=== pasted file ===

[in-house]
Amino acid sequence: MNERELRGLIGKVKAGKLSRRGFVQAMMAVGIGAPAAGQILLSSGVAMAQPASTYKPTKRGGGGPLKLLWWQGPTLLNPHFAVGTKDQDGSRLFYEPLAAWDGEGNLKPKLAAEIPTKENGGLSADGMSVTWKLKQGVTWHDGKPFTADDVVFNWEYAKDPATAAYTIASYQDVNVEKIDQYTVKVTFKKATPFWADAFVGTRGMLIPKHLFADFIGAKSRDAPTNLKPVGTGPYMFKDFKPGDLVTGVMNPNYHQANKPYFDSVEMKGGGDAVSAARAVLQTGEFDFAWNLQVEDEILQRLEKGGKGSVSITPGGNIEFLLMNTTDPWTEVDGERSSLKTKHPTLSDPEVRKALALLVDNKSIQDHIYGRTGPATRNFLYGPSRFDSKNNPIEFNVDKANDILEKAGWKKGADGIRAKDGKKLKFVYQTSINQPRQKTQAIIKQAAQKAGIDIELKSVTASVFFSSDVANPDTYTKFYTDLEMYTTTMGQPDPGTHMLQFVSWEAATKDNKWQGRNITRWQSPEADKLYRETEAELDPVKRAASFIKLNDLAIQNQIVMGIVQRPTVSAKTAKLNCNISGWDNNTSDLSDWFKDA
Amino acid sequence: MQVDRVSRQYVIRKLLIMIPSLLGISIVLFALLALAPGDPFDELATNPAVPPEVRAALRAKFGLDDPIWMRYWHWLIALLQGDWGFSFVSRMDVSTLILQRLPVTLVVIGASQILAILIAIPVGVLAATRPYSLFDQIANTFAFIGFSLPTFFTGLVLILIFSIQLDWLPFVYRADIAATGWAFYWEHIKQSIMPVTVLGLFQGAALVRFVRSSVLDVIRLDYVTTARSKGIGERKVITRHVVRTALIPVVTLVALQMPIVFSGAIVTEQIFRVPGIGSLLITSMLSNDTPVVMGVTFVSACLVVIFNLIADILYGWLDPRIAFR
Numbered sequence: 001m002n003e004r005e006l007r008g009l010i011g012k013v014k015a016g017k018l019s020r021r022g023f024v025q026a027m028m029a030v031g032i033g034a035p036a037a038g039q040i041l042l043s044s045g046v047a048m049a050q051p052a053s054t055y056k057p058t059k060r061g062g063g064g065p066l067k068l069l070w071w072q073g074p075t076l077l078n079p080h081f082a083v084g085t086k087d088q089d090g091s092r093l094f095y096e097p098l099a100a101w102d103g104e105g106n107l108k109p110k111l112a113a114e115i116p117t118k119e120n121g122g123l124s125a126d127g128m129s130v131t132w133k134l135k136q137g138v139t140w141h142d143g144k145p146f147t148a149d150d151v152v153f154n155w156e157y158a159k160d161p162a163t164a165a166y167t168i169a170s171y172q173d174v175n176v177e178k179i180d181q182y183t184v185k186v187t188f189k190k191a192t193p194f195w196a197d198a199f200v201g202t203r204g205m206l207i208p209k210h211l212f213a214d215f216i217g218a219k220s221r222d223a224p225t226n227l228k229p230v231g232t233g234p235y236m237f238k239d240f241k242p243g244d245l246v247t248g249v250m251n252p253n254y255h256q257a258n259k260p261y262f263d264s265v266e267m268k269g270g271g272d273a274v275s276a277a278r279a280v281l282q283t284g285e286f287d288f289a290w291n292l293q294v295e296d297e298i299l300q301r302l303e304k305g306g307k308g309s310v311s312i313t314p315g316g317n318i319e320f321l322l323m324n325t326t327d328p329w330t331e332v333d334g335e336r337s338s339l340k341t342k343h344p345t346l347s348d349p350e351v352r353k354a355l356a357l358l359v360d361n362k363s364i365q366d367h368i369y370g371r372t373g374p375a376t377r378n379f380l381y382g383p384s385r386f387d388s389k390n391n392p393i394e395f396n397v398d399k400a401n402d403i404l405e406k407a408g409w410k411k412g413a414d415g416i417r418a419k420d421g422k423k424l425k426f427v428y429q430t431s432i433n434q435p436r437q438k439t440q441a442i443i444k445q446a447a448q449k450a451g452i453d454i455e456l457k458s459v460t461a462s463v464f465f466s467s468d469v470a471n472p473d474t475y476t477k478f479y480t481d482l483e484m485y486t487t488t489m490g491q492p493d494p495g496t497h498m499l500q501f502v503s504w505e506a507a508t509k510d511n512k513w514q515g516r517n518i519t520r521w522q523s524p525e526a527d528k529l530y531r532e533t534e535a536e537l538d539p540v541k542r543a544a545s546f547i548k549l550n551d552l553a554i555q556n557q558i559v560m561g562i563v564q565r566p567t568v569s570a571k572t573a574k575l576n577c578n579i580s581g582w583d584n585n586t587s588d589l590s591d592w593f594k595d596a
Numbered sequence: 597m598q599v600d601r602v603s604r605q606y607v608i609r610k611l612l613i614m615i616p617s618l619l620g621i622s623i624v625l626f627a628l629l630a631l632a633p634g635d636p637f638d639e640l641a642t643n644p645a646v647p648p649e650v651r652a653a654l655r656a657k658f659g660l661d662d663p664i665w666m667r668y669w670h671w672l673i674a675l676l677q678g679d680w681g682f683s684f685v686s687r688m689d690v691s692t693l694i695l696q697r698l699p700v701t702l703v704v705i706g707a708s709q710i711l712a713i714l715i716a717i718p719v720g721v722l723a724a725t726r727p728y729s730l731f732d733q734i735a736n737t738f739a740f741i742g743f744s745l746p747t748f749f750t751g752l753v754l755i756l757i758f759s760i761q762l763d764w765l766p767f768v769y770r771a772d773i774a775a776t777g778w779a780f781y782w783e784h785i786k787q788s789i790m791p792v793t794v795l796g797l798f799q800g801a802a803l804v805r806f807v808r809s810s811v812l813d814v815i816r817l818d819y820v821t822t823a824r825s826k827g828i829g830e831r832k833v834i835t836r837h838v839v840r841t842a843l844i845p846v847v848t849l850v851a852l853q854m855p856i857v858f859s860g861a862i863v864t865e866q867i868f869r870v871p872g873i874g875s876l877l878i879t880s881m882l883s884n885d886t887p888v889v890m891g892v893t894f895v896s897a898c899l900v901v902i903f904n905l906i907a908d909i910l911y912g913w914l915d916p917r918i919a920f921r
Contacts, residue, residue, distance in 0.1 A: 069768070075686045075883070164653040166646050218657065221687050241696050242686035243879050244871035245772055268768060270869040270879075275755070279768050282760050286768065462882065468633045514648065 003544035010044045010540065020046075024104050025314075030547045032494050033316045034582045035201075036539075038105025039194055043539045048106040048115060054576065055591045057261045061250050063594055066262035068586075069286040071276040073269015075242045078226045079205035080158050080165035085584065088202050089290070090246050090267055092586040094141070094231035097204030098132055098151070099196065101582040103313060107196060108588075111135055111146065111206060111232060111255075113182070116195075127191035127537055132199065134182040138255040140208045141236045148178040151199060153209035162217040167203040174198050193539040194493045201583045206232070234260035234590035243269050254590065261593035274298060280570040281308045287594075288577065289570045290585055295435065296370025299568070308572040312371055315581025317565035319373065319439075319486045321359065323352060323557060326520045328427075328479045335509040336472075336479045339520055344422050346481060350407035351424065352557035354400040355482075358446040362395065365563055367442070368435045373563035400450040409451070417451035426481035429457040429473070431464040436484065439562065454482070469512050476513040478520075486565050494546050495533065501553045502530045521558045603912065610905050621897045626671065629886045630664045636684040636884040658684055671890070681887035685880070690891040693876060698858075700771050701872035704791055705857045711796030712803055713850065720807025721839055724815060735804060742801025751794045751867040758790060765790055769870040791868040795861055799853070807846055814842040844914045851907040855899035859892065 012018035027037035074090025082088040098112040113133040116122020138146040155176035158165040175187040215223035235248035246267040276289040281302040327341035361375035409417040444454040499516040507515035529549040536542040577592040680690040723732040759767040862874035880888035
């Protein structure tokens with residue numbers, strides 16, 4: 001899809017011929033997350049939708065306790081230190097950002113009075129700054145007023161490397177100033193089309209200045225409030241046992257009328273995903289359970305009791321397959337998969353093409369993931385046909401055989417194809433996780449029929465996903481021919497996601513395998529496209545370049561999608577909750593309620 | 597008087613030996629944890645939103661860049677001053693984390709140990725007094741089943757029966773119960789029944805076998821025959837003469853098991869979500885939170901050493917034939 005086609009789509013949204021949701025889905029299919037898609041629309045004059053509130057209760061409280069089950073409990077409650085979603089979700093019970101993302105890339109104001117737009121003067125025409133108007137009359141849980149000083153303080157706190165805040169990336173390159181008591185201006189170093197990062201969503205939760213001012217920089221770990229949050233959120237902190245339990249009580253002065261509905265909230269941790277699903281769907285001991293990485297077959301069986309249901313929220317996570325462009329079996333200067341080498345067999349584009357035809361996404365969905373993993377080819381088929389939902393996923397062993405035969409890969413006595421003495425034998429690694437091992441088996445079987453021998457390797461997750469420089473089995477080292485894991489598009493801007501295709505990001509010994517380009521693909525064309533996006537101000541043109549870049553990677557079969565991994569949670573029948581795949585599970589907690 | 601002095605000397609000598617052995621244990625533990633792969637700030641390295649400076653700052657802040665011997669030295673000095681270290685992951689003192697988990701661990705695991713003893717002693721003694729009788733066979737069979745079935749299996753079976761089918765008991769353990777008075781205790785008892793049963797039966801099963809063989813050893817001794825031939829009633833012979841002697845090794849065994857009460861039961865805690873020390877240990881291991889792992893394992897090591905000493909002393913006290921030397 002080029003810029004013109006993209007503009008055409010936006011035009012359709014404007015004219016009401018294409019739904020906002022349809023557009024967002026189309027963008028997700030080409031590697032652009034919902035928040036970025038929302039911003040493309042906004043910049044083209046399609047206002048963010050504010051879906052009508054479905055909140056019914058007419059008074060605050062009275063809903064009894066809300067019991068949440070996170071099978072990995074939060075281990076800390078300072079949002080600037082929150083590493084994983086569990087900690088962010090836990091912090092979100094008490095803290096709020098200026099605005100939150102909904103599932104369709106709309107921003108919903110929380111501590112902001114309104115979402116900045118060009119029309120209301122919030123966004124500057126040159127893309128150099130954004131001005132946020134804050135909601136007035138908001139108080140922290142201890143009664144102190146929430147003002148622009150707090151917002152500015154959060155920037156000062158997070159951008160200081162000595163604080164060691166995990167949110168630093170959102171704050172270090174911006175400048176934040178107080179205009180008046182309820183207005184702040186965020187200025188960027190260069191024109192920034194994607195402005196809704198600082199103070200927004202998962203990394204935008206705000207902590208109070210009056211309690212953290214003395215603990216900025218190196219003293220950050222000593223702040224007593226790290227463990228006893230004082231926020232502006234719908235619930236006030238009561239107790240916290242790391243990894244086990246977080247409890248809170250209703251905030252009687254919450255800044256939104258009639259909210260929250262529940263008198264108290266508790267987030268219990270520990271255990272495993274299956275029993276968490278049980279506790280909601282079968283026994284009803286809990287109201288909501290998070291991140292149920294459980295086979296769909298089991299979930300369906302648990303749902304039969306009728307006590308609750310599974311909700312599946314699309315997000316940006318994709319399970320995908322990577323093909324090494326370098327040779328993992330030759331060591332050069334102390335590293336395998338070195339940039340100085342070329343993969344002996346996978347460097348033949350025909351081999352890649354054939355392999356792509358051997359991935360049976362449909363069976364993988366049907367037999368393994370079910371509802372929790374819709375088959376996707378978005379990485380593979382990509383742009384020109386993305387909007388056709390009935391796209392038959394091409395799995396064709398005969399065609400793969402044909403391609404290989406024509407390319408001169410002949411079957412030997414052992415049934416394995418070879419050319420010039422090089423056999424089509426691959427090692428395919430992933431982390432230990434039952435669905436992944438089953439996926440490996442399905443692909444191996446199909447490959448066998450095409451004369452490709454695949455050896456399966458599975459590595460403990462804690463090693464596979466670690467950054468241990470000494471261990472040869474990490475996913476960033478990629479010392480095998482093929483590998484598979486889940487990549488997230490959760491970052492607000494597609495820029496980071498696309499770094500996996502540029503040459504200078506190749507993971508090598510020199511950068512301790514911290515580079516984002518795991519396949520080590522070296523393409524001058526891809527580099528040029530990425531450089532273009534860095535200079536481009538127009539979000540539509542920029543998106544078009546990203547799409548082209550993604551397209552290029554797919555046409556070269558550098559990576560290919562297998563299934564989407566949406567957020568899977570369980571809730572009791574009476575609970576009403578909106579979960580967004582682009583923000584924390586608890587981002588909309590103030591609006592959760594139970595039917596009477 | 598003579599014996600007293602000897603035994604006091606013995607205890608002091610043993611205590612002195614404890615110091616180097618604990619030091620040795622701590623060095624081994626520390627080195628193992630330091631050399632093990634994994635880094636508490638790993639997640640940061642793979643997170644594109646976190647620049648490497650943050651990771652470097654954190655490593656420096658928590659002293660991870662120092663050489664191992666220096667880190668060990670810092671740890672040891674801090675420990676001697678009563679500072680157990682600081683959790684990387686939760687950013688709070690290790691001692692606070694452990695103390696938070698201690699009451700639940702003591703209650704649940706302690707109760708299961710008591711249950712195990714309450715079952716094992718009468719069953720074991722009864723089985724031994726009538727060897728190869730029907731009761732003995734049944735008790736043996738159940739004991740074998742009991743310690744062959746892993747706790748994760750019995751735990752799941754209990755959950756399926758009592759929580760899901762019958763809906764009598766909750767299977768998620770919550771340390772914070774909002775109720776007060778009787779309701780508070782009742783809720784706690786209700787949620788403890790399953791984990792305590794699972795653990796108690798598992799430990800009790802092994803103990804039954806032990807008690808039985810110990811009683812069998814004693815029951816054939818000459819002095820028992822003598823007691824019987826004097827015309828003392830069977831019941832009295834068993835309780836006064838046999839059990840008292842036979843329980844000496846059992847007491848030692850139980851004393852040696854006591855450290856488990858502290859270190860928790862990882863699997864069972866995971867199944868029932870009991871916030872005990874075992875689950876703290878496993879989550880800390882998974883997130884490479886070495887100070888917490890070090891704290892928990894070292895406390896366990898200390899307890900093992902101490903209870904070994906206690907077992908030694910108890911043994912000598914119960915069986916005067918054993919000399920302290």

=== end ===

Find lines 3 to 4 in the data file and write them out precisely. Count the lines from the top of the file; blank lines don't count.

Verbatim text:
Amino acid sequence: MQVDRVSRQYVIRKLLIMIPSLLGISIVLFALLALAPGDPFDELATNPAVPPEVRAALRAKFGLDDPIWMRYWHWLIALLQGDWGFSFVSRMDVSTLILQRLPVTLVVIGASQILAILIAIPVGVLAATRPYSLFDQIANTFAFIGFSLPTFFTGLVLILIFSIQLDWLPFVYRADIAATGWAFYWEHIKQSIMPVTVLGLFQGAALVRFVRSSVLDVIRLDYVTTARSKGIGERKVITRHVVRTALIPVVTLVALQMPIVFSGAIVTEQIFRVPGIGSLLITSMLSNDTPVVMGVTFVSACLVVIFNLIADILYGWLDPRIAFR
Numbered sequence: 001m002n003e004r005e006l007r008g009l010i011g012k013v014k015a016g017k018l019s020r021r022g023f024v025q026a027m028m029a030v031g032i033g034a035p036a037a038g039q040i041l042l043s044s045g046v047a048m049a050q051p052a053s054t055y056k057p058t059k060r061g062g063g064g065p066l067k068l069l070w071w072q073g074p075t076l077l078n079p080h081f082a083v084g085t086k087d088q089d090g091s092r093l094f095y096e097p098l099a100a101w102d103g104e105g106n107l108k109p110k111l112a113a114e115i116p117t118k119e120n121g122g123l124s125a126d127g128m129s130v131t132w133k134l135k136q137g138v139t140w141h142d143g144k145p146f147t148a149d150d151v152v153f154n155w156e157y158a159k160d161p162a163t164a165a166y167t168i169a170s171y172q173d174v175n176v177e178k179i180d181q182y183t184v185k186v187t188f189k190k191a192t193p194f195w196a197d198a199f200v201g202t203r204g205m206l207i208p209k210h211l212f213a214d215f216i217g218a219k220s221r222d223a224p225t226n227l228k229p230v231g232t233g234p235y236m237f238k239d240f241k242p243g244d245l246v247t248g249v250m251n252p253n254y255h256q257a258n259k260p261y262f263d264s265v266e267m268k269g270g271g272d273a274v275s276a277a278r279a280v281l282q283t284g285e286f287d288f289a290w291n292l293q294v295e296d297e298i299l300q301r302l303e304k305g306g307k308g309s310v311s312i313t314p315g316g317n318i319e320f321l322l323m324n325t326t327d328p329w330t331e332v333d334g335e336r337s338s339l340k341t342k343h344p345t346l347s348d349p350e351v352r353k354a355l356a357l358l359v360d361n362k363s364i365q366d367h368i369y370g371r372t373g374p375a376t377r378n379f380l381y382g383p384s385r386f387d388s389k390n391n392p393i394e395f396n397v398d399k400a401n402d403i404l405e406k407a408g409w410k411k412g413a414d415g416i417r418a419k420d421g422k423k424l425k426f427v428y429q430t431s432i433n434q435p436r437q438k439t440q441a442i443i444k445q446a447a448q449k450a451g452i453d454i455e456l457k458s459v460t461a462s463v464f465f466s467s468d469v470a471n472p473d474t475y476t477k478f479y480t481d482l483e484m485y486t487t488t489m490g491q492p493d494p495g496t497h498m499l500q501f502v503s504w505e506a507a508t509k510d511n512k513w514q515g516r517n518i519t520r521w522q523s524p525e526a527d528k529l530y531r532e533t534e535a536e537l538d539p540v541k542r543a544a545s546f547i548k549l550n551d552l553a554i555q556n557q558i559v560m561g562i563v564q565r566p567t568v569s570a571k572t573a574k575l576n577c578n579i580s581g582w583d584n585n586t587s588d589l590s591d592w593f594k595d596a